Thus the only 'proof' for the existence of medieval draughts is based on the etymology of the names of the game and the gaming pieces, and the scanty mention of the game in medieval books. One draughts historian uses the etymological study of Dutch medieval terms, where 97% of the words kept the same meaning throughout history as proof that the jeu de dames is draughts, while on the other hand he off-handedly regards the differently named foreign terms 'marro, merelles, alquerque' as identical to draughts. In my eyes this is a weak proof. Especially, since the 'jeu de dames' is also used for hunting with female company during medieval times ('Cy commence jeu de dames', in the Taymouth Hours (1325-1340)). A fact that the advocates of the medieval draughts theory seem to have overlooked. This makes me sceptical whether medieval draughts existed, and if, on the (lack of) popularity of it.

An (fake) end situation of medieval draughts. A promoted white 'dame' can be seen on the second row below, being able to capture two opponents pieces. Photoshop alteration of the 11th century chess mosaic in the Basilica San Savino in Piacenza, Italy by St. Thomasguild 2014.

Playing medieval 'jeu de dames'

The start position of a game of medieval draughts. It can be played on the black or the white squares. The chess board is from four season chess, described in 1283.

As mentioned above, no contemporary medieval rules for draughts exist. What follows is what is thought to be the medieval rules for playing.

  • Each player has 12 game pieces, put in three rows onto one (the same) colour of the 8x8 chequered board. This can be either the white or the black squares.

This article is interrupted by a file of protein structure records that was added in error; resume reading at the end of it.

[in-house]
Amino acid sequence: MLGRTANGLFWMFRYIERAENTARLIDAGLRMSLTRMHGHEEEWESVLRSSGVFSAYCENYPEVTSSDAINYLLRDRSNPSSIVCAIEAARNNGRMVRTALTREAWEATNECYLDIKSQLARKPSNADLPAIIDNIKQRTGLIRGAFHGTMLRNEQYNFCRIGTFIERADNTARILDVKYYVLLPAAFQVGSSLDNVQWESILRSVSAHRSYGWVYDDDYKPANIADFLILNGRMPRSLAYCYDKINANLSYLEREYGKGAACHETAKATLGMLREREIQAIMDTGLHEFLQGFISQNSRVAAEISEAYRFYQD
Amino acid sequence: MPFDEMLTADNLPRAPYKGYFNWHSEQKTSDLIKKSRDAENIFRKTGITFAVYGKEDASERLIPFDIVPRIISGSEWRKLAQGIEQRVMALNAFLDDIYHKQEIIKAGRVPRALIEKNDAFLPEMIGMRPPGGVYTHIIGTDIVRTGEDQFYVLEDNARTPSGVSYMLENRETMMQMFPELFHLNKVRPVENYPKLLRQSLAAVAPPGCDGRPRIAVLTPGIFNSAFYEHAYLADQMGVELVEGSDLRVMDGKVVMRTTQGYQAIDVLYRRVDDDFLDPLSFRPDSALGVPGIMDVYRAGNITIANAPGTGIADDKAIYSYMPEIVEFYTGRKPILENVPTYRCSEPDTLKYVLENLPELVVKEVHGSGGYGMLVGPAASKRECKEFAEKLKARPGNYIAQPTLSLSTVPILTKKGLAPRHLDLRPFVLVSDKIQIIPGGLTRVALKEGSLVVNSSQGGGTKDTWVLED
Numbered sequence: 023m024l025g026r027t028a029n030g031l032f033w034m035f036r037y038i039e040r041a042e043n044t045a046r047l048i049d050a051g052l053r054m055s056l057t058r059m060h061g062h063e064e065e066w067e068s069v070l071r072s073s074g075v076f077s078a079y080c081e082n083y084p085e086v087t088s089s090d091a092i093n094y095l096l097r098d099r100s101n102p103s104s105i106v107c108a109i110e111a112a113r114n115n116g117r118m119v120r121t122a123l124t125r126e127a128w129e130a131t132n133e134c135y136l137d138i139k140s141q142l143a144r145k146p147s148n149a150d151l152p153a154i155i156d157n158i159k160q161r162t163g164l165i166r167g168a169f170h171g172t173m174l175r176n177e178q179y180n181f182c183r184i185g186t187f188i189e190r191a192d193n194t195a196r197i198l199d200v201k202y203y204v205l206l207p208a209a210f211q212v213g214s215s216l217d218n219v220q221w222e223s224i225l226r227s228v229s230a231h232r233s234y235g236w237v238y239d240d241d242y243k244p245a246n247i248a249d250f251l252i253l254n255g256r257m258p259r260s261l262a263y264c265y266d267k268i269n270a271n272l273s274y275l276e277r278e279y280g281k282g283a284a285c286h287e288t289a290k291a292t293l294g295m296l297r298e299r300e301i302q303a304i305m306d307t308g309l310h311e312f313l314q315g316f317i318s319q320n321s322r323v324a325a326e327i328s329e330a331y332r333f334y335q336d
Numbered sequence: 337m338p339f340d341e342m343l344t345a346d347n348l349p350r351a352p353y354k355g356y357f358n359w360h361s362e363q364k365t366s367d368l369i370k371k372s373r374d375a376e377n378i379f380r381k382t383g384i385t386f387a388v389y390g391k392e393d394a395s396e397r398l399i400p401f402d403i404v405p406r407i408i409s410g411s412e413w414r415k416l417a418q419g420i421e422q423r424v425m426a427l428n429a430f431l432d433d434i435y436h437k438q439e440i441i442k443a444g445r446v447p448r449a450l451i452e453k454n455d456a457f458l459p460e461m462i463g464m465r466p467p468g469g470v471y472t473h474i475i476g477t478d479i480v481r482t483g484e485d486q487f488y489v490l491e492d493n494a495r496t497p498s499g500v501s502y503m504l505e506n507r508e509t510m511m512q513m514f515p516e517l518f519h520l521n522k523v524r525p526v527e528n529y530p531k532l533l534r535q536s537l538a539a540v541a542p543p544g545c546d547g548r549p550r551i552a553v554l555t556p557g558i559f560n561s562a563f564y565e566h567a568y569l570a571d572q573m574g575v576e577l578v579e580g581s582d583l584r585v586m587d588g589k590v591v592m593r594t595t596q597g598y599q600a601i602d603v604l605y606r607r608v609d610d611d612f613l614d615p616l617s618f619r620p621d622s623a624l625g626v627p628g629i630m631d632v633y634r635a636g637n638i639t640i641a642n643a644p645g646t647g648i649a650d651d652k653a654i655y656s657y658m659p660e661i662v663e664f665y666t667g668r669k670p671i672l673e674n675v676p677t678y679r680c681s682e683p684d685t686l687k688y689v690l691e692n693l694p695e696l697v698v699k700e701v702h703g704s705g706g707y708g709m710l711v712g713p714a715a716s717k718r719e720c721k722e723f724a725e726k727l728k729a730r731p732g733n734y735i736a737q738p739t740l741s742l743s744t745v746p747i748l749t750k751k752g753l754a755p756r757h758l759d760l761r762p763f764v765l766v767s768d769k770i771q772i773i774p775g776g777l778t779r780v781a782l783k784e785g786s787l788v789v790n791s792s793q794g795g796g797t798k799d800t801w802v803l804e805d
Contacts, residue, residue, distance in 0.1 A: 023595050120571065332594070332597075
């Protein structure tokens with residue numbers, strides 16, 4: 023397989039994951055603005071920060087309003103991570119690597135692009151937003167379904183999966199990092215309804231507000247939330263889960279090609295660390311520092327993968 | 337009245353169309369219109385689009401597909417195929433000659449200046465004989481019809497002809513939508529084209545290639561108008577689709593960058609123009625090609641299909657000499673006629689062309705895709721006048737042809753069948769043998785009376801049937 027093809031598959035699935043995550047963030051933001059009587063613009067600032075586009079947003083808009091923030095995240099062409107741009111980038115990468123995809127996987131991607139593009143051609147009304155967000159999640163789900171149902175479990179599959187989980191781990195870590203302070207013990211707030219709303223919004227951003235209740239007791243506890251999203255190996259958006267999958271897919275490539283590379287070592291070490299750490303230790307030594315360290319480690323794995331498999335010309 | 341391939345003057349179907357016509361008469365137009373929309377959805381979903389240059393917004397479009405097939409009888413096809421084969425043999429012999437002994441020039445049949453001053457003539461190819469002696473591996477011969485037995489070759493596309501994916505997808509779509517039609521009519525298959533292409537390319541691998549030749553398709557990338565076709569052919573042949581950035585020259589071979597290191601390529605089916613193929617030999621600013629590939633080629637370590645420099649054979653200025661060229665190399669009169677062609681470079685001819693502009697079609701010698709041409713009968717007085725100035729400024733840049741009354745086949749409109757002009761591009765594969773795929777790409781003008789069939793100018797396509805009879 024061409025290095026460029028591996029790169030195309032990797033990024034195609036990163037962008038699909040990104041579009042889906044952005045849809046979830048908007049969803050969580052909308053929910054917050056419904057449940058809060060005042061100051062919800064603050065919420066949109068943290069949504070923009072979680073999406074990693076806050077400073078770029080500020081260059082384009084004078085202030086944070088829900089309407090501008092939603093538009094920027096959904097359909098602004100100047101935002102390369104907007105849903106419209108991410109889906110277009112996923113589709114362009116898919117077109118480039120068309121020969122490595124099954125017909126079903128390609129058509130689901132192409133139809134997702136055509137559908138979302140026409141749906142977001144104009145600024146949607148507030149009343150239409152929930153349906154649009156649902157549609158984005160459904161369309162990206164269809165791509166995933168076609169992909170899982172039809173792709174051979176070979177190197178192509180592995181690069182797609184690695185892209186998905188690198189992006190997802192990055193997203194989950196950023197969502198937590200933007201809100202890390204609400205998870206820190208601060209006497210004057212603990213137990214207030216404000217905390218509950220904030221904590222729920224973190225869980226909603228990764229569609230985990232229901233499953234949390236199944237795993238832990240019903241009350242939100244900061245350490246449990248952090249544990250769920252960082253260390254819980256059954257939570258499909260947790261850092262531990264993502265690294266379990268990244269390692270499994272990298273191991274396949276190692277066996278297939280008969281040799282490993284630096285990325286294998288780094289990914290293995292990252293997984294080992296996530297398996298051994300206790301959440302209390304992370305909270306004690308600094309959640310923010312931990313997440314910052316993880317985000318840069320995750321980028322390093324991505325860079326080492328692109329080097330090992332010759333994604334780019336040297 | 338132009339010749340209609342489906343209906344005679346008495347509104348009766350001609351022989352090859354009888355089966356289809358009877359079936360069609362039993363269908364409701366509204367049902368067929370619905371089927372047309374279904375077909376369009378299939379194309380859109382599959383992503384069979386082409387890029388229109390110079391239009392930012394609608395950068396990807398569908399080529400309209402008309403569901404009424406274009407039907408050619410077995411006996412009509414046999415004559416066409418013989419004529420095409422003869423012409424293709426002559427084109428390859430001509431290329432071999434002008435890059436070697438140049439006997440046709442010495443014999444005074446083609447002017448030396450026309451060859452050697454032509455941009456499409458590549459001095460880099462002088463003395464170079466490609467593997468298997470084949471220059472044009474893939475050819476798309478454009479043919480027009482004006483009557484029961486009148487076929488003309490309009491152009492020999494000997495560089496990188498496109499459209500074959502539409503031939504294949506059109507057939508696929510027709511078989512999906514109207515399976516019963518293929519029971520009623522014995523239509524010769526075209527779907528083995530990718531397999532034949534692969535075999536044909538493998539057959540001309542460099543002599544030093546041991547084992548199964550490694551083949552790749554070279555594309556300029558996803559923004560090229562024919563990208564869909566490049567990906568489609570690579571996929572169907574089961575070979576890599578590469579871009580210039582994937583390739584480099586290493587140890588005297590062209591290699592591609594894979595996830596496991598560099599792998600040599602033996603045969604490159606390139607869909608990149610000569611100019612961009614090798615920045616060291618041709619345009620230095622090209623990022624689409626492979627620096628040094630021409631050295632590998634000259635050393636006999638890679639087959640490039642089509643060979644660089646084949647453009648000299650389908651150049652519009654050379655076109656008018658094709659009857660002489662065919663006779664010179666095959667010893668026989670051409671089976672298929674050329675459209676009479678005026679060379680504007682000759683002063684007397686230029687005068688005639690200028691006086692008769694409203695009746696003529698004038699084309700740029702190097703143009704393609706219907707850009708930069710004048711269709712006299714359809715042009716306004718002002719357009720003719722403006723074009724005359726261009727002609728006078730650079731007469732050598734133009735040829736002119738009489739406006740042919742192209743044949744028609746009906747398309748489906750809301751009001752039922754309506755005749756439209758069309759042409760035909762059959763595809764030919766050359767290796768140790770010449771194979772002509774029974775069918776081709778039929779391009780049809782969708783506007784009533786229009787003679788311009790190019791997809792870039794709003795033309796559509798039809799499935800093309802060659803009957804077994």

• Capture is by leaping over a piece of an opponent to a vacant place. Multiple captures, when possible, are allowed.
  • Capture can only be diagonally forward.
  • Capture is not compulsory.
  • Movement is only diagonally forward.
  • Players roll a dice to decide who start the game.
  • When a game piece reaches the other side of the board it is promoted to a queen (dame).
  • The queen (or dame) moves like the medieval chess queen: only one place, diagonally forward or backward. 
  • The game is lost when a player cannot move or has no more game pieces on the board.

Some changes are thought to appear at the end of the 15th century in Spain: the introduction of the long move of the queen (i.e. like the modern chess bishop) as well as compulsory capture (of the most) on penalty of the huff. When a player forgot to capture a piece, his game piece could be 'huffed' (taken from the board by blowing to it). In England, draughts became known as the game with the huff, and checkers the same game without the huff. The latter was seen as a children's game. A few centuries later, the huff was again abolished. In the 16th century backward capture by the single pieces became possible. The 10x10 chequered board for draughts also appeared for the first time during this century (it already existed several centuries for decimal chess).

Arabic (medieval) draughts on an unchequered board uses 16 game pieces,
 which move forward and side-ways.

Sources used:

  • A. van der Stoep, 2001. Middeleeuws damspel, volgens de oude en volgens een nieuwe versie. In: Spelen in the Middeleeuwen. Edited by W.S. van Egmond and M. Mostert  Uitgeverij verloren, Hilversum, the Netherlands.
  • H.J. Murray, 1952. The history of board games other than chess. Oxford University Press.
  • A. van der Stoep. Webpage on the history of draughts.